This past Sunday I was the guest hiker-speaker for the monthly adventure of the Alpine Trails Book Club, a high-energy group of hikers who love hiking and reading and talking about books in equal measure.
The trip leader had thoughtfully selected the Chain Lakes hike on Mt. Baker because of it’s elevation (5,400 feet) and stunning views of Mt. Baker, Mt. Shuksan, alpine meadows and lakes, and—ideally—cloudscape. The clouds did not cooperate but this did not matter one bit. This happy group literally laughed at the rain and the nimbostratus clouds that brought it all. A good thing I had dedicated a large chuck of my book, A Sideways Look at Clouds, to nimbostratus clouds and how it rains.
It was this kind of cloud, after all, that not only rained on us but that filled the lakes and created the waterfalls and nourished the wild blueberries that graced this lovely alpine trail.
The ten of us were pretty much soaked from the rain when we found our way to a covered porch at the Heather Meadows Visitor Center. The hot tea was poured into mugs and china (yes, real china!) cups and then out came the homemade cloud-shaped cookies (putting to shame my dozen donut holes I brought along as a visual aid while describing the origin of the word “cloud”—from “clod.”) And then one of the trip leaders brought out a pocket sling psychrometer—an old-fashioned (non digital) but time-honored tool for measuring relative humidity and calculating dew point—the temperature below which water vapor condenses into liquid water. This is critical information for hikers interested in knowing at what point they are going to be hiking in the clouds instead of under them.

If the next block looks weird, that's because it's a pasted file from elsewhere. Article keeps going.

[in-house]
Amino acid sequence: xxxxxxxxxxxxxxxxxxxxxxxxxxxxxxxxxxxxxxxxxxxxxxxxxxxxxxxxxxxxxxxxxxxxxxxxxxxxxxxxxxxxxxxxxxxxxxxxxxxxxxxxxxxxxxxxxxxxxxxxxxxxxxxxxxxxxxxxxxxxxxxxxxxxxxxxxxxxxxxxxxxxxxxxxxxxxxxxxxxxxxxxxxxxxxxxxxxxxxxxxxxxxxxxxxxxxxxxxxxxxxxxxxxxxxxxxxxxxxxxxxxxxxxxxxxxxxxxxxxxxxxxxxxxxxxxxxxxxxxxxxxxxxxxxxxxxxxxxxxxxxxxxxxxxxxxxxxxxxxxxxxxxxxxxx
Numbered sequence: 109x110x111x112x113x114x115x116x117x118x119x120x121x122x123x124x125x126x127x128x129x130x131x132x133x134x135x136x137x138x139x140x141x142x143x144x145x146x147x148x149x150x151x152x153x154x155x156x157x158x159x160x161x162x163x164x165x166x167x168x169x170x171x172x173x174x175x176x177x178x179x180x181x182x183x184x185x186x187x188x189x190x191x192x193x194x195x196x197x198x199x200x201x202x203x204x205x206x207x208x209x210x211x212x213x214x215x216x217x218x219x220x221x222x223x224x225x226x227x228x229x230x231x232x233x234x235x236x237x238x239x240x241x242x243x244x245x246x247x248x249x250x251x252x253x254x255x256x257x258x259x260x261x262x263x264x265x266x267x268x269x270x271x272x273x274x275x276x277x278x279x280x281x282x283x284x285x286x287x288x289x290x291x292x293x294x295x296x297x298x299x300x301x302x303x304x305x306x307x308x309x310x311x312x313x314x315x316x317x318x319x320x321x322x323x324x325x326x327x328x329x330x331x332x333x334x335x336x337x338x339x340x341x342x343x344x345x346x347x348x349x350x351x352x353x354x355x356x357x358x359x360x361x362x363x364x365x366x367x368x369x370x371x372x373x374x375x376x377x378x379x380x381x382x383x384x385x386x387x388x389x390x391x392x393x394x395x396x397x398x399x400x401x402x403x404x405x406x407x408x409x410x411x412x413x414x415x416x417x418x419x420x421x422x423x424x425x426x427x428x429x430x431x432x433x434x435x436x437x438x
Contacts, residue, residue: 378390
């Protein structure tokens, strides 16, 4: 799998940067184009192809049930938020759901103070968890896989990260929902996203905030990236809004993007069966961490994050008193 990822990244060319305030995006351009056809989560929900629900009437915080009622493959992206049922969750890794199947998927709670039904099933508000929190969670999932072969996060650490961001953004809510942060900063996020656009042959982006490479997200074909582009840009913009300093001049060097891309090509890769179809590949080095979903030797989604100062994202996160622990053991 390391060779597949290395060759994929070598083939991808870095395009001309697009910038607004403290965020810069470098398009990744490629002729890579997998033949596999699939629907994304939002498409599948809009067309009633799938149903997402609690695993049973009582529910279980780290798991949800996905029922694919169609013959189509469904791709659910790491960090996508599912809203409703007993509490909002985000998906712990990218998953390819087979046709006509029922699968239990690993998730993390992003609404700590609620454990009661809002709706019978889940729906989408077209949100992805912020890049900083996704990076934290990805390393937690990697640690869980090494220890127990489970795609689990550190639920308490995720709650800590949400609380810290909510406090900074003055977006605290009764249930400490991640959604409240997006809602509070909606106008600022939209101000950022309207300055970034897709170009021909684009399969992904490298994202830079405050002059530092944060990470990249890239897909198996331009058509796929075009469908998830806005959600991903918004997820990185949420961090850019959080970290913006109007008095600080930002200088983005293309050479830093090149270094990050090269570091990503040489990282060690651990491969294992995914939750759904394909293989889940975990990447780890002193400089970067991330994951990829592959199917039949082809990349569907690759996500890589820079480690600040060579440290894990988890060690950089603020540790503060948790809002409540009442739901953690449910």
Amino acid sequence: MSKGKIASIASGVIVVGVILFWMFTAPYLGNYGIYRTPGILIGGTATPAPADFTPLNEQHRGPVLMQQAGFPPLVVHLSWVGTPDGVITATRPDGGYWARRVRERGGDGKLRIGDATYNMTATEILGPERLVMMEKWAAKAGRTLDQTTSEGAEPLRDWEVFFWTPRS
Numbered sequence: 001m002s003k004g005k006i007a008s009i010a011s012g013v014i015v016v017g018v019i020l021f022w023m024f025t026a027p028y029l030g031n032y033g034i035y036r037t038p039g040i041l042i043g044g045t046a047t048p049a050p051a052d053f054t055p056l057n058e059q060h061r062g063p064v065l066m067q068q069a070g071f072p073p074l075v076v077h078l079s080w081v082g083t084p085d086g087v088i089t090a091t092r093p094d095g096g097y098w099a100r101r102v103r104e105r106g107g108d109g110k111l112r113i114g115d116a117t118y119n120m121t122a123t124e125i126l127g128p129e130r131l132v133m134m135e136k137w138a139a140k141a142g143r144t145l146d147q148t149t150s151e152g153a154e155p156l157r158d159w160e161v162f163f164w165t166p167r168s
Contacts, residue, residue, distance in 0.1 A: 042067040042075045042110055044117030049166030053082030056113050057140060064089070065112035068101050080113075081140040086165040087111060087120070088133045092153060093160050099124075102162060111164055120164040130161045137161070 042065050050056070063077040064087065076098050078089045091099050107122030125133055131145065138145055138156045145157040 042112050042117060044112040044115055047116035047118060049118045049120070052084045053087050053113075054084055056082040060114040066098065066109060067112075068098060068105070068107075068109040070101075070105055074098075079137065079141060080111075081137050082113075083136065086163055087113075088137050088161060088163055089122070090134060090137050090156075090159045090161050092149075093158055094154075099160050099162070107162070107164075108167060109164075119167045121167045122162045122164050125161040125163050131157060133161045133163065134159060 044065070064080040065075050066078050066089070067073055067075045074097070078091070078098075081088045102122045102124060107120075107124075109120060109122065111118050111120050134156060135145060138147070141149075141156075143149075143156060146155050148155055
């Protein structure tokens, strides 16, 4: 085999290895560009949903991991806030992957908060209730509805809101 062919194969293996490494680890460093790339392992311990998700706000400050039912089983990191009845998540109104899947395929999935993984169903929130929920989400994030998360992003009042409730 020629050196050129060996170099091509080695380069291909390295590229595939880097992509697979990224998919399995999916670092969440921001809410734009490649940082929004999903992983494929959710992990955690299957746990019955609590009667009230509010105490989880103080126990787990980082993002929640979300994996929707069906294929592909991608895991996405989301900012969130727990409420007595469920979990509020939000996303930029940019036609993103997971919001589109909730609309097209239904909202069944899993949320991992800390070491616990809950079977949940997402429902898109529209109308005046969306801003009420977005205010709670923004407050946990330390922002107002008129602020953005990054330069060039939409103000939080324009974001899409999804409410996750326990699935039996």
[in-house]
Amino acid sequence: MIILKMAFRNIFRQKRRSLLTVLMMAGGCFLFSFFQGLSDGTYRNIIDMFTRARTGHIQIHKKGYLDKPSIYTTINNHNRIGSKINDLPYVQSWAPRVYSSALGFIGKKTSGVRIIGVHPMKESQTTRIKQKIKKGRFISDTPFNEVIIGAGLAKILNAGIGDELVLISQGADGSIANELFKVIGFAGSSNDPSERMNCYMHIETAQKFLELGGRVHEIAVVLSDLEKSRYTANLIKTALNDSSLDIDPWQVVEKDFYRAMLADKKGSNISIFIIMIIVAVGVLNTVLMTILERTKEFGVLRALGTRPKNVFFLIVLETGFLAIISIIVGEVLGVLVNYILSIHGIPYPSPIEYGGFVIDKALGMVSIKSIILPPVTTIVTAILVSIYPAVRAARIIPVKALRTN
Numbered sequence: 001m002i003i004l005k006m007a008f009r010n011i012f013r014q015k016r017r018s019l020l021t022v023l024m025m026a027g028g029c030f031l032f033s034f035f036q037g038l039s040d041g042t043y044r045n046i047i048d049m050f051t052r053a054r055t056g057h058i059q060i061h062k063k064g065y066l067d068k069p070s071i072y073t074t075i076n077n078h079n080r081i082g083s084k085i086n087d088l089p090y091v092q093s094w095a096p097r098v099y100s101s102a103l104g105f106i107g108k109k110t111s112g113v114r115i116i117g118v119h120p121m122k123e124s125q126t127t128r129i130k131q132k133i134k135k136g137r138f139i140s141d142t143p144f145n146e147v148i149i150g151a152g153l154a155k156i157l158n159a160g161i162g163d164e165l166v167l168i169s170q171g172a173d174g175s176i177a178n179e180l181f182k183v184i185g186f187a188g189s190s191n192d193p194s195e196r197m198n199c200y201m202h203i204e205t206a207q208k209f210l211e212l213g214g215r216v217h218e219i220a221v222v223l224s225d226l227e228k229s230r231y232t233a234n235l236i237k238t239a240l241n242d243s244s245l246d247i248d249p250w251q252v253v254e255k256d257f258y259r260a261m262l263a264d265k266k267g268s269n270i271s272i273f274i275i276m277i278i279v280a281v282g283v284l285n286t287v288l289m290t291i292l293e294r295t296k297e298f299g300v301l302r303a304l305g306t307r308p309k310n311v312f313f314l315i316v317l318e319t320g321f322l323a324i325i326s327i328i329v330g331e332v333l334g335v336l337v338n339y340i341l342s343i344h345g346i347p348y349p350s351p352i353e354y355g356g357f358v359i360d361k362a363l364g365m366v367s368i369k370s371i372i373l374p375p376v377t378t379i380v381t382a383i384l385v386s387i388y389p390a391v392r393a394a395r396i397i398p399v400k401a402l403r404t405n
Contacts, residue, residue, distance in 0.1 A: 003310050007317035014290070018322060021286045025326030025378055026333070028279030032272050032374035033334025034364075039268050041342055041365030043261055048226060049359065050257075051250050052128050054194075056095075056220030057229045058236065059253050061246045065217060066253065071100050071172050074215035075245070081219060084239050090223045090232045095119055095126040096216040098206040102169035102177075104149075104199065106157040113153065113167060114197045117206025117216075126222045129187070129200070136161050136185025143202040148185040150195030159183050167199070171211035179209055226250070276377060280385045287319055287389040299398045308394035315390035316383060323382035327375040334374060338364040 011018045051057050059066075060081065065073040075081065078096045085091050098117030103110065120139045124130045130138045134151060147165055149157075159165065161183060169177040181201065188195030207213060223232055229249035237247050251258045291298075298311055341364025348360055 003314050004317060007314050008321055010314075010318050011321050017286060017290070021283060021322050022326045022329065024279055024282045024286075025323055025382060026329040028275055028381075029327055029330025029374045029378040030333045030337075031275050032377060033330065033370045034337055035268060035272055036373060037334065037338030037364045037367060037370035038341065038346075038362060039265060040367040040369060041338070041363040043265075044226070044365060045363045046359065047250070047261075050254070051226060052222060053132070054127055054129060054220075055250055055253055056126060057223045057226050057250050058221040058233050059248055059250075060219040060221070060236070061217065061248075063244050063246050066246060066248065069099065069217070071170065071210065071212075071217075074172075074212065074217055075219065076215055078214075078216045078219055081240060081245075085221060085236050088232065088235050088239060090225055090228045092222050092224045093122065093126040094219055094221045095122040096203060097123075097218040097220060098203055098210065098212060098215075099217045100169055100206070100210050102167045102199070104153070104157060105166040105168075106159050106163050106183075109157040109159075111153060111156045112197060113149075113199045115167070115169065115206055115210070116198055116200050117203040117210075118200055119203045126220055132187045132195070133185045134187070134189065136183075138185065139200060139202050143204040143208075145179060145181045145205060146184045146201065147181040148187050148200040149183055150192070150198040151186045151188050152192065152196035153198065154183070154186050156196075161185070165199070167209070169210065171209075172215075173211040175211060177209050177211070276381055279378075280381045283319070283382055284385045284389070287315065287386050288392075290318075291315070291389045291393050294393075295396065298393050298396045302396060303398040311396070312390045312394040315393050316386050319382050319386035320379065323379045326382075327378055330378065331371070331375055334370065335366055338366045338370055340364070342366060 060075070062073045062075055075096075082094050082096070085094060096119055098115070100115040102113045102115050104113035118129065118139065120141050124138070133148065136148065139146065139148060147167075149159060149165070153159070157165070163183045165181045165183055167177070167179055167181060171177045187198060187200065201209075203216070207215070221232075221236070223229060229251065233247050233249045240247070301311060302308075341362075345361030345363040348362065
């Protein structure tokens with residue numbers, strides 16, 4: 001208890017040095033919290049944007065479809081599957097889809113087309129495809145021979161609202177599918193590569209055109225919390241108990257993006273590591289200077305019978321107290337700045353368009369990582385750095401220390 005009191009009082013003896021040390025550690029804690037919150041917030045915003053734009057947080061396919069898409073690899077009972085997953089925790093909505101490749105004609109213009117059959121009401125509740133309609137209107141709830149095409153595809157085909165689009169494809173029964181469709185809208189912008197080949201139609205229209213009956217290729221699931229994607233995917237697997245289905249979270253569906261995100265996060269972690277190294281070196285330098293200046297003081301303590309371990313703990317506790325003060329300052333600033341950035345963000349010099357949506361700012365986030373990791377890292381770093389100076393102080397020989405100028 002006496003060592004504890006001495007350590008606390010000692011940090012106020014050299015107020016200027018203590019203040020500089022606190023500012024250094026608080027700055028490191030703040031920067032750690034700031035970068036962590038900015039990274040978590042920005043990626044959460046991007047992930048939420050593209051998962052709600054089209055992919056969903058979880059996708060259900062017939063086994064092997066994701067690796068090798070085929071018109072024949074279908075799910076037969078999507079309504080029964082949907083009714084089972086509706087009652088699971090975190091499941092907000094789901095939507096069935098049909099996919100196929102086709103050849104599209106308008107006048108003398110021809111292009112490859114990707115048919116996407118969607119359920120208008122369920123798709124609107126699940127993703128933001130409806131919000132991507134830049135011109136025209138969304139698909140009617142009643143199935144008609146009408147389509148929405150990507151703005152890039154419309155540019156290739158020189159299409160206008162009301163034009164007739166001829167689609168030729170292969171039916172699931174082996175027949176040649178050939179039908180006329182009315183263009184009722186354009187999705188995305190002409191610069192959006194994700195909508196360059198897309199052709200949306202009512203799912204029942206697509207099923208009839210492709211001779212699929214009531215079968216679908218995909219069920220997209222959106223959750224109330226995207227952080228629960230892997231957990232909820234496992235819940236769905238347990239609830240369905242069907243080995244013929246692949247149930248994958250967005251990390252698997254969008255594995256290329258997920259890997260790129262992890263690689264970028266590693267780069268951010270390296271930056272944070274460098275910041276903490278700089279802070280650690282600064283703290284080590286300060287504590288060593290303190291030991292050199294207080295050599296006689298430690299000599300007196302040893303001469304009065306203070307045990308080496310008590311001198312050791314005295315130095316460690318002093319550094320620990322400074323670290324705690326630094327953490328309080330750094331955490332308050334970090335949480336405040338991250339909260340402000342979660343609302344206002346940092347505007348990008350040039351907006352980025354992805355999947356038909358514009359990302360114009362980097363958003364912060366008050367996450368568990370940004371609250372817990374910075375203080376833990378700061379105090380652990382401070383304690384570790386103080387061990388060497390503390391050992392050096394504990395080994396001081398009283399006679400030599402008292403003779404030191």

Just as I was about to launch into a short reading from my book, we all smelled the sweet fragrance of wood smoke. The volunteers at the Heather Meadows Visitor Center had built a snap-crackling fire in the beautiful stone fireplace in this historic building crafted in the 1930s by workers in the Civilian Conservation Corps. So in we went to shed our wet gear and cozy up for a fireside reading about the marvels of nimbostratus clouds and the rain drops. It was a real pleasure as an author to have such an engaged group to talk and hike with—and flattering to hear their thoughtful comments and questions about my ramblings in the clouds.
The rain continued so we didn’t hike higher up into the clouds. Though we had a different kind of cloudy day in mind for this hike (like the one that happened the very next day) it was crystal clear that the clouds control the narrative and this was our day to fully embrace the nimbostratus. My rain hat is off to the fair- and foul-weather outdoorswomen literati of the Alpine Trails Book Club!
To learn more about the Alpine Trials Book Club (book list, adventure tales) please visit their wonderful website here.